Please send suggestions for future Tech Tips to the editor.

Leslie Behroozi named DCLRC Branch Librarian
The MLRC staff bids farewell (kind of) to Leslie Behroozi, who is the new Branch Librarian at the Dane County Legal Resource Center in Madison. Leslie started at the MLRC as an LTE in the fall of 2004 and most recently was our Training and Technology Coordinator. She started her new full-time position on September 5th. We wish her much success at DCLRC, and we’re happy that she’s remaining a part of our library family. Congratulations, Leslie!

Learn @ the Legal Resource Center
There is still time to sign up for “Using Loislaw.com!” This class will be presented Thursday, September 28, 2006, from 12:15 to 1:15 p.m. in the Milwaukee County Courthouse. State Law Librarian Jane Colwin will help you become familiar with the various Loislaw.com databases provided on the MLRC’s public access computers, and demonstrate how they can save you research time and money. This is a free class, but advance registration is required.

Thank you to Deputy State Law Librarian Julie Tessmer for her August 16 presentation of “Using Google to Its Full Potential.” We received an overwhelming response to this class and unfortunately couldn’t accommodate everyone who wanted to attend. You can be first to hear about our classes and ensure yourself a seat by subscribing to our MLRC Course Offerings e-mail list.

To sign up for a class or to be added to our e-mail list, please call (414) 278-4900, or e-mail Rebecca.Knutson@wicourts.gov. Or, drop your business card in the fishbowl at the MLRC and have a chance to win a great prize. Congratulations to this month’s winner, Attorney Jon G. Spansail.

Westlaw Training for Milwaukee County Judges and Court Commissioners
The MLRC will host two Westlaw training sessions for judges and court commissioners on October 12, 2006 in the CCAP training room of the Milwaukee County Courthouse. A beginner’s class will be held 12:15 – 1:15 p.m., followed by an advanced class 1:30 – 2:30 p.m. To register, please visit the MLRC, call (414) 278-4322; or e-mail Rebecca.Knutson@wicourts.gov no later than September 30, 2006.

Odds 'n' Endings -- Amy Crowder

New Supreme Court Term Begins
September brings cooler temps, the start of a new school year, and the beginning of a new Wisconsin Supreme Court term. The first day of oral arguments is Thursday, September 7th. To access monthly oral argument schedules, listings of case synopses, and both live and archived audio of oral argument proceedings, visit the Supreme Court’s oral arguments webpage.

The Smartest Card
One out of every six people in the world is a registered library cardholder. Are you? September is Library Card Sign-Up Month, so we’d like to tell you what our card offers. Persons eligible for a Wisconsin State Law Library (WSLL) card may borrow items from any of our three libraries, and Wisconsin-licensed attorney cardholders may also use our Circulation By Mail service. WSLL cardholders can also access licensed electronic resources such as LegalTrac from their home or office, and use our interlibrary loan service to request items owned by other libraries. So get your WSLL card today, and be sure to apply for a card from your local public library, too. After all, a library card is the smartest card you can have in your wallet!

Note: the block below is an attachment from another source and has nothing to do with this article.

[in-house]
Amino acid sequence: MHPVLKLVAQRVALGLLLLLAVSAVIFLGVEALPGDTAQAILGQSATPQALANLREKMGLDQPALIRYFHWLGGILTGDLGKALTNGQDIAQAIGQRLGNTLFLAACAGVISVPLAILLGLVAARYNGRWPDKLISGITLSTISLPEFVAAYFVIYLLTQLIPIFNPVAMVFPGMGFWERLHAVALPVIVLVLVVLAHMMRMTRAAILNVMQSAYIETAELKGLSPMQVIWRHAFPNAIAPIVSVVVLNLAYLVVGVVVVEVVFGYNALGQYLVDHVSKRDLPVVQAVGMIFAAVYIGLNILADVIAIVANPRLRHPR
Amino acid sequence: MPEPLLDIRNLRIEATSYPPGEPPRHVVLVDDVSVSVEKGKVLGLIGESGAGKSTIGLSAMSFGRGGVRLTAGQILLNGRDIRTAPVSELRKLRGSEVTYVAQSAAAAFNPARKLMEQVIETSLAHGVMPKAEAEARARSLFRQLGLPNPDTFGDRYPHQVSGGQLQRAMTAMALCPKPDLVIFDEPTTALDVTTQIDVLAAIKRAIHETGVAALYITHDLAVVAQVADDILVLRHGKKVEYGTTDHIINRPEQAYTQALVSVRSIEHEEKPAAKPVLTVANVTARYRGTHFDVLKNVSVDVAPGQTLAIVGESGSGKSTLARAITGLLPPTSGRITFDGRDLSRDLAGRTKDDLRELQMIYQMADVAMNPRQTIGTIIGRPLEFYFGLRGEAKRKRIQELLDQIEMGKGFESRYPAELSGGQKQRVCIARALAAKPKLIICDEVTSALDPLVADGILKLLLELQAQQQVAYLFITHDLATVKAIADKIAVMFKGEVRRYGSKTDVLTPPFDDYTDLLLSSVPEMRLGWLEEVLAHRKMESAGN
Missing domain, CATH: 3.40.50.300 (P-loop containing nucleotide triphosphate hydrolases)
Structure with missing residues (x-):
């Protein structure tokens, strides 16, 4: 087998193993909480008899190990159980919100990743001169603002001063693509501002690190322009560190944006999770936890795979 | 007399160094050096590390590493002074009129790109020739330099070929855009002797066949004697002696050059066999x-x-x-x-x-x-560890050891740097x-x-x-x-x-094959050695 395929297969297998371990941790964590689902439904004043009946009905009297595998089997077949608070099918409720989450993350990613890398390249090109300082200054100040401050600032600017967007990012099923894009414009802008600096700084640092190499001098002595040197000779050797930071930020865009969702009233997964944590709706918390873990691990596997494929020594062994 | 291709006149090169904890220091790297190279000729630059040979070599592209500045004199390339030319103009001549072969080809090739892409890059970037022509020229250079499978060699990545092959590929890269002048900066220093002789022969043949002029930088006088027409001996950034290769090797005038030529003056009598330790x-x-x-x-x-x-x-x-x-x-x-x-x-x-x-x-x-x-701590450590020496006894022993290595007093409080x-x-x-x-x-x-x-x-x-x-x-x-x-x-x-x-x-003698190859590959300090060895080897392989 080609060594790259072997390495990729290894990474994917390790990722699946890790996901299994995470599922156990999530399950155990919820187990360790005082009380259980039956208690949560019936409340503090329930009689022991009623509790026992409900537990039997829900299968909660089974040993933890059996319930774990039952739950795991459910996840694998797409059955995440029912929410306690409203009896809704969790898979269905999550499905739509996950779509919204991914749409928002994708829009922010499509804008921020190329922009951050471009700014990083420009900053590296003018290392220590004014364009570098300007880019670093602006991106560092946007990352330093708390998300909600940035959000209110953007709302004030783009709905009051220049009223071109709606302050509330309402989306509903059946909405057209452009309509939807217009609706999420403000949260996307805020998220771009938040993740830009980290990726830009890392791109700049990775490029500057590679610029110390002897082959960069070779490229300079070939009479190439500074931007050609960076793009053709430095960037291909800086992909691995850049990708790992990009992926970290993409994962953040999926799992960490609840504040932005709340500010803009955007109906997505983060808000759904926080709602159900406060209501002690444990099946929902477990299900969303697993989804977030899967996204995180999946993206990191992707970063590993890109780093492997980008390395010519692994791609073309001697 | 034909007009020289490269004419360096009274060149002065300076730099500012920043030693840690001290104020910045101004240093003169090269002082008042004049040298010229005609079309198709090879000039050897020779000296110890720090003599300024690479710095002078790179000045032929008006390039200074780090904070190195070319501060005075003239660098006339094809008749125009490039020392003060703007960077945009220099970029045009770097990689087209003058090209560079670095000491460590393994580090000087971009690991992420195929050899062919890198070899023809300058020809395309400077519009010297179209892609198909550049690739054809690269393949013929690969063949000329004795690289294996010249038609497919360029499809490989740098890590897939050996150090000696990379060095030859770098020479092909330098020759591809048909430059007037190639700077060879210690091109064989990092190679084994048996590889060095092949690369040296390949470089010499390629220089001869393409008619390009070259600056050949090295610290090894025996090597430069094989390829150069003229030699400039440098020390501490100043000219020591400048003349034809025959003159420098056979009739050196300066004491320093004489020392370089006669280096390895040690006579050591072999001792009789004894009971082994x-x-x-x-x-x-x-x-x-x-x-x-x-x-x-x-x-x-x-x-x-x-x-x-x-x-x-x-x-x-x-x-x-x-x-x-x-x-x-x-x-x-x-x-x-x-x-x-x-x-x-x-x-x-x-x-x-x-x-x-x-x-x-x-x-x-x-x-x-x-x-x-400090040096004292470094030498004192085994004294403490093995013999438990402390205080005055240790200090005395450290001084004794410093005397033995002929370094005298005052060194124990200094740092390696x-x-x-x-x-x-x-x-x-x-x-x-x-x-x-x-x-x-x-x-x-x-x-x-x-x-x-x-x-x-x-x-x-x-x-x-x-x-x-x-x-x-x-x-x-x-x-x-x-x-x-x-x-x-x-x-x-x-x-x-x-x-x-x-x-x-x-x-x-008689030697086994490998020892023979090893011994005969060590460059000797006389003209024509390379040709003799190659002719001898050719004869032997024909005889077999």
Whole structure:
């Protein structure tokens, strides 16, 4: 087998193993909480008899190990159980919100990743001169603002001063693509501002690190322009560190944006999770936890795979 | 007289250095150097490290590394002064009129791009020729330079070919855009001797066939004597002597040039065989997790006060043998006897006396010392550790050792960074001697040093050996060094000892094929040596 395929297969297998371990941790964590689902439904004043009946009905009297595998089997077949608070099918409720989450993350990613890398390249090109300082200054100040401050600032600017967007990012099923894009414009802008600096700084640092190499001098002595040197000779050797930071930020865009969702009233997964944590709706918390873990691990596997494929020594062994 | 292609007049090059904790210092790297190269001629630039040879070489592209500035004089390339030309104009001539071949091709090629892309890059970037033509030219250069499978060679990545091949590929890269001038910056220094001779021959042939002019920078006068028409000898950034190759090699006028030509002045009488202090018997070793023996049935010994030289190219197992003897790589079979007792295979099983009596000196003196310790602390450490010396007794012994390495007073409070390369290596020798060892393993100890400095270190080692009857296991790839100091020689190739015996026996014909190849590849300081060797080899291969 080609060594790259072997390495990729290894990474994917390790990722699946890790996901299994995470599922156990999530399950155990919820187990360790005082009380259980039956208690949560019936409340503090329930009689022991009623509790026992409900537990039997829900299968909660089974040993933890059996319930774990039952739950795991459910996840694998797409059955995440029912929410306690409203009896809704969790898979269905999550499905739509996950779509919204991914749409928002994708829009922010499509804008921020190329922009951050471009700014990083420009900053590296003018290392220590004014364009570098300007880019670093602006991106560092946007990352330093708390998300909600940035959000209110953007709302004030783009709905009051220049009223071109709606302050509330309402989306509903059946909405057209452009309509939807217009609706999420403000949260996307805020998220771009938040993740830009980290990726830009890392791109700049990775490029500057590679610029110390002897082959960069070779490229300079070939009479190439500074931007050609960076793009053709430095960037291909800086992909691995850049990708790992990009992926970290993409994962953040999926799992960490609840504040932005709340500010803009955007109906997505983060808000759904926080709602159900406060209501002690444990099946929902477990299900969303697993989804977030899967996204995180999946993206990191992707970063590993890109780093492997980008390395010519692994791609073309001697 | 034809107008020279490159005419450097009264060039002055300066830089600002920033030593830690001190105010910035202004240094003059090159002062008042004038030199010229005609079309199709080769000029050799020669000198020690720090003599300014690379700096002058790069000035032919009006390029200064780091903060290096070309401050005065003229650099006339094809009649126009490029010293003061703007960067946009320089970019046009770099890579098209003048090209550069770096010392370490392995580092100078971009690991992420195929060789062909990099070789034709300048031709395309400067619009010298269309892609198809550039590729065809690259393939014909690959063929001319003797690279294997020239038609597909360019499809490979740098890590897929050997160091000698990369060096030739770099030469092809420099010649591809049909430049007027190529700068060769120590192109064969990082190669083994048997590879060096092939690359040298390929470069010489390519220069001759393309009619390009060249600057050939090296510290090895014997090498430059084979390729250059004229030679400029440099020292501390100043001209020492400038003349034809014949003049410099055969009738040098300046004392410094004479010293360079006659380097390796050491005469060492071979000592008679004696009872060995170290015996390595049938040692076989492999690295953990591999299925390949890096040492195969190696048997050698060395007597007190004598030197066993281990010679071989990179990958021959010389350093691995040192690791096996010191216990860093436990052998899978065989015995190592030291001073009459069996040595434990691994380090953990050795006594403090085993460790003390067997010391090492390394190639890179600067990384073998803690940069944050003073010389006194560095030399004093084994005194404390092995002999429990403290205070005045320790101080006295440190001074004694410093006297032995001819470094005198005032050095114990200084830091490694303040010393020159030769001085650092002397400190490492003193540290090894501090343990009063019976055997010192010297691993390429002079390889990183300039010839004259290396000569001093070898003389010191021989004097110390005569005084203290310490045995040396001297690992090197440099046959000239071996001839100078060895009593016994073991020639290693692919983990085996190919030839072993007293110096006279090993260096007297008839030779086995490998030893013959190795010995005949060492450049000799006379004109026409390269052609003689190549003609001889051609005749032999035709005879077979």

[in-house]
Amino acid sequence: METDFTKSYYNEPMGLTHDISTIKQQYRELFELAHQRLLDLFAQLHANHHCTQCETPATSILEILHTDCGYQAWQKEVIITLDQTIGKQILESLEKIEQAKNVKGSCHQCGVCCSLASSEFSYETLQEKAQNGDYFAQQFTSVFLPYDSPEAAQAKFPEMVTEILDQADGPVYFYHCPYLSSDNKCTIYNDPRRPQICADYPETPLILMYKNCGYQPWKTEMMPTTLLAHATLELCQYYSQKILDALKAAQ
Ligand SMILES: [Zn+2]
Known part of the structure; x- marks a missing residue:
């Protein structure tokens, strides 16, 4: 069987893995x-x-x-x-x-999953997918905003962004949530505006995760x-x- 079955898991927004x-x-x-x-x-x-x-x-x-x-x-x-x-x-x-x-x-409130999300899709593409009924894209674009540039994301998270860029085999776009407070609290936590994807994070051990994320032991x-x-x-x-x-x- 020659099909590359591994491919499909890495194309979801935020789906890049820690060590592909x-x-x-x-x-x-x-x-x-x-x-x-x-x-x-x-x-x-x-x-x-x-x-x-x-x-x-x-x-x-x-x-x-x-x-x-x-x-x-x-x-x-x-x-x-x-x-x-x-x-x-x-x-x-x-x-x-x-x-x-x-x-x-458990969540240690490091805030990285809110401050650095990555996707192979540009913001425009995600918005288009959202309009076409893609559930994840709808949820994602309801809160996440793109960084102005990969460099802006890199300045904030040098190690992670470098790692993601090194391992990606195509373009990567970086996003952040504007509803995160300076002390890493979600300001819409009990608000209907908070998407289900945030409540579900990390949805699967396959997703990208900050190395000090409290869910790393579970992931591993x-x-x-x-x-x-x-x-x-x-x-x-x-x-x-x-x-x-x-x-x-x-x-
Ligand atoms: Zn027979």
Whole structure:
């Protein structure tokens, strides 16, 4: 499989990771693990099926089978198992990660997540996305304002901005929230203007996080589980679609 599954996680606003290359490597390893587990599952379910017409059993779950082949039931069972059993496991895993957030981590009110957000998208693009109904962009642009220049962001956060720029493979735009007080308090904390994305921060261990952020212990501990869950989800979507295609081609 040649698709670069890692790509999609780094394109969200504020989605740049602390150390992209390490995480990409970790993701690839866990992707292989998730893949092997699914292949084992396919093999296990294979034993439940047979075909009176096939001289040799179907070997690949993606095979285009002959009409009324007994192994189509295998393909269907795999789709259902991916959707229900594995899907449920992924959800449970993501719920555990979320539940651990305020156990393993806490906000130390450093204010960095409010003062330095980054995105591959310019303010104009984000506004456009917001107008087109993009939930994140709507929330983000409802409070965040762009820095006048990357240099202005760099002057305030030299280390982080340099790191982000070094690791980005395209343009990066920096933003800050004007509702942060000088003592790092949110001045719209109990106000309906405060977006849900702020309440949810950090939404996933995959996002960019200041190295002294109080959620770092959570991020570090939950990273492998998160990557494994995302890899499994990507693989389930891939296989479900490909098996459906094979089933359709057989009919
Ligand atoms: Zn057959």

World's Largest Library Network Now Open to the Public
August marked the debut of OCLC's WorldCat, which now makes it possible for anyone with internet access to search the entire OCLC database of over 1.3 billion items, located in more than 18,000 libraries worldwide. To search the database, try using some keywords to identify the bibliographic item(s) you’re interested in. For example, here are the results I got when searching the words legislative, history, and Wisconsin. When you’ve found an item, click on the title and then enter your zip code in the “Enter Location Information” box to see if the item is owned by a local library. To find additional items on that same subject, simply click on the record's subject headings.

To make using this new database even easier, place the WorldCat search box right on your own personal or corporate website. After completing the free registration, simply copy and paste the provided HTML code into your site. It’s an easy way for you or your agency, organization or firm to provide convenient access to the vast collections of the world's libraries.

What if you’ve searched WorldCat but still can't find the item you need? Or, what if you have found it, but it’s not available in any nearby library? Contact our Reference Desk for help. We can help you formulate your search, and if no local library has the item we might also be able to request it through interlibrary loan. We'll do our best to help you with your legal information needs.

Reader Comments
From time to time we share comments received about our newsletter. If you have a comment, feel free to submit it to the editor.

"Your newsletter is everything a library newsletter should be - informative, fun, and quick to read. Even from way out here on the Left Coast, I enjoy and learn from it." - Laura Orr, Law Librarian, Washington County Law Library, Hillsboro, OR

"Just a note to let you know that we at the Department of Agriculture, Trade and Consumer Protection always appreciate the State Law Library newsletter (and other services!). There is always something of interest and value to us. Thanks!" -- Jim Matson, DATCP Counsel

Ask a Librarian:  800-322-9755; 608-267-9696 (In Madison); wsll.ref@wicourts.gov
Library Hours/Locations:  WSLL (WI State Law Library), DCLRC (Dane Co. Legal Resource Center), MLRC (Milwaukee Legal Resource Center)
Visit Our Website: http://wilawlibrary.gov

Editor: Connie Von Der Heide 608-267-2202 Comments welcome!